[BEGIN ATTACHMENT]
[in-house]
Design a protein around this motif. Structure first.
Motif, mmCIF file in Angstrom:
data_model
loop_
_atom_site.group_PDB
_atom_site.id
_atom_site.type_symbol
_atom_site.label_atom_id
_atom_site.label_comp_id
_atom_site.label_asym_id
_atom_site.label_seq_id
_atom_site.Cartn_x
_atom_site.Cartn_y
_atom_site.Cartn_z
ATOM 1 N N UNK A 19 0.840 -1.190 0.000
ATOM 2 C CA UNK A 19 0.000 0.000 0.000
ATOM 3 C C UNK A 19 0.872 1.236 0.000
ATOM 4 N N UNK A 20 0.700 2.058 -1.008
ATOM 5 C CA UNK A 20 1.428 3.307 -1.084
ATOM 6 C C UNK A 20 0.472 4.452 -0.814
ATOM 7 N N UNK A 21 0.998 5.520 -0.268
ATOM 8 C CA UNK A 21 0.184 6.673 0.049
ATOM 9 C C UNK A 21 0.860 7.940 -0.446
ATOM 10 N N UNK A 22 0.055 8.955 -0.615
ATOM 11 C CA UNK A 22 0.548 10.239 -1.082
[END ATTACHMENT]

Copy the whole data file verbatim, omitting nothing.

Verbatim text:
[in-house]
Design a protein around this motif. Structure first.
Motif, mmCIF file in Angstrom:
data_model
loop_
_atom_site.group_PDB
_atom_site.id
_atom_site.type_symbol
_atom_site.label_atom_id
_atom_site.label_comp_id
_atom_site.label_asym_id
_atom_site.label_seq_id
_atom_site.Cartn_x
_atom_site.Cartn_y
_atom_site.Cartn_z
ATOM 1 N N UNK A 19 0.840 -1.190 0.000
ATOM 2 C CA UNK A 19 0.000 0.000 0.000
ATOM 3 C C UNK A 19 0.872 1.236 0.000
ATOM 4 N N UNK A 20 0.700 2.058 -1.008
ATOM 5 C CA UNK A 20 1.428 3.307 -1.084
ATOM 6 C C UNK A 20 0.472 4.452 -0.814
ATOM 7 N N UNK A 21 0.998 5.520 -0.268
ATOM 8 C CA UNK A 21 0.184 6.673 0.049
ATOM 9 C C UNK A 21 0.860 7.940 -0.446
ATOM 10 N N UNK A 22 0.055 8.955 -0.615
ATOM 11 C CA UNK A 22 0.548 10.239 -1.082